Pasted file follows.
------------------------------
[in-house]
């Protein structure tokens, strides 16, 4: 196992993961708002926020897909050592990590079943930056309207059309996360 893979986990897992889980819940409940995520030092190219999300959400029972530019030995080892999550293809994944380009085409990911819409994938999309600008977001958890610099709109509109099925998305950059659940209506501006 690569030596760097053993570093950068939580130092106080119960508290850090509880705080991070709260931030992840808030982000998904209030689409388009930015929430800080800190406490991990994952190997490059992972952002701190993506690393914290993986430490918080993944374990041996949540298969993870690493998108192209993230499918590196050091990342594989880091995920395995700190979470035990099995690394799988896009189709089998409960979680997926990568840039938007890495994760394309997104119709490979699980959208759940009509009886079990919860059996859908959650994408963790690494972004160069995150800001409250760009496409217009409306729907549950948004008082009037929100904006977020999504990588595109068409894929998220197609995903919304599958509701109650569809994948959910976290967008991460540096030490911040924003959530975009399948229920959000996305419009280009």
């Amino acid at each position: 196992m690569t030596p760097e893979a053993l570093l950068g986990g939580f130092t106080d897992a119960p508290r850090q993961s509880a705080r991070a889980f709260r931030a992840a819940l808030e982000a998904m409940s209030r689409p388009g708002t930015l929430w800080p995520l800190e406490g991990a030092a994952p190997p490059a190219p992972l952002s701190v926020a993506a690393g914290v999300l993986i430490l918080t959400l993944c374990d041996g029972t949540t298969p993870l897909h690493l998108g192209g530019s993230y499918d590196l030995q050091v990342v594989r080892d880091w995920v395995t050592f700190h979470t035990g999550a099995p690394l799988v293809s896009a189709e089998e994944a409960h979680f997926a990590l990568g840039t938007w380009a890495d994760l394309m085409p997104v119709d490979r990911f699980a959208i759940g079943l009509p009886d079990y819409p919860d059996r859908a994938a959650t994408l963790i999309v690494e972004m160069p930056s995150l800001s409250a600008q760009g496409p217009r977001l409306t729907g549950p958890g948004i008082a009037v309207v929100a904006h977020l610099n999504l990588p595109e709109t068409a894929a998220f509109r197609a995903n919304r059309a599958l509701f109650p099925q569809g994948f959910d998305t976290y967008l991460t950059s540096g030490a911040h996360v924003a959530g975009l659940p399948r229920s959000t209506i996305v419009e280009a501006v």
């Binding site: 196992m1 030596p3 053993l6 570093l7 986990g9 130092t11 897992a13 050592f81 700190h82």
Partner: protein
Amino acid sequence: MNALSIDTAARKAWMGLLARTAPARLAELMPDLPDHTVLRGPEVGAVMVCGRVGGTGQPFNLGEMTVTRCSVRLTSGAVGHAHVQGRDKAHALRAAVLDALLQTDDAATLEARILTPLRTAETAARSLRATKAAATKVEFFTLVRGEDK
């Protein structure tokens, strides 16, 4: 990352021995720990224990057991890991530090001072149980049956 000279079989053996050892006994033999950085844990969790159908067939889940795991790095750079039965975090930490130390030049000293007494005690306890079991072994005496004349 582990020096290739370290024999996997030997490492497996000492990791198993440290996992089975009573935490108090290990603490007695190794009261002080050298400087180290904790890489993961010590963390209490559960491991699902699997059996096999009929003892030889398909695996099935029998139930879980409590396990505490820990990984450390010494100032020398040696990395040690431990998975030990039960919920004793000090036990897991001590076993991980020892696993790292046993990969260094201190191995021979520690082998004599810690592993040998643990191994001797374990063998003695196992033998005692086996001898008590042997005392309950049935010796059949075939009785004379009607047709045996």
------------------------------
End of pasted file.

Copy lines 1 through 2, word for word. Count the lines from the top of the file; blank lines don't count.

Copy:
[in-house]
């Protein structure tokens, strides 16, 4: 196992993961708002926020897909050592990590079943930056309207059309996360 893979986990897992889980819940409940995520030092190219999300959400029972530019030995080892999550293809994944380009085409990911819409994938999309600008977001958890610099709109509109099925998305950059659940209506501006 690569030596760097053993570093950068939580130092106080119960508290850090509880705080991070709260931030992840808030982000998904209030689409388009930015929430800080800190406490991990994952190997490059992972952002701190993506690393914290993986430490918080993944374990041996949540298969993870690493998108192209993230499918590196050091990342594989880091995920395995700190979470035990099995690394799988896009189709089998409960979680997926990568840039938007890495994760394309997104119709490979699980959208759940009509009886079990919860059996859908959650994408963790690494972004160069995150800001409250760009496409217009409306729907549950948004008082009037929100904006977020999504990588595109068409894929998220197609995903919304599958509701109650569809994948959910976290967008991460540096030490911040924003959530975009399948229920959000996305419009280009």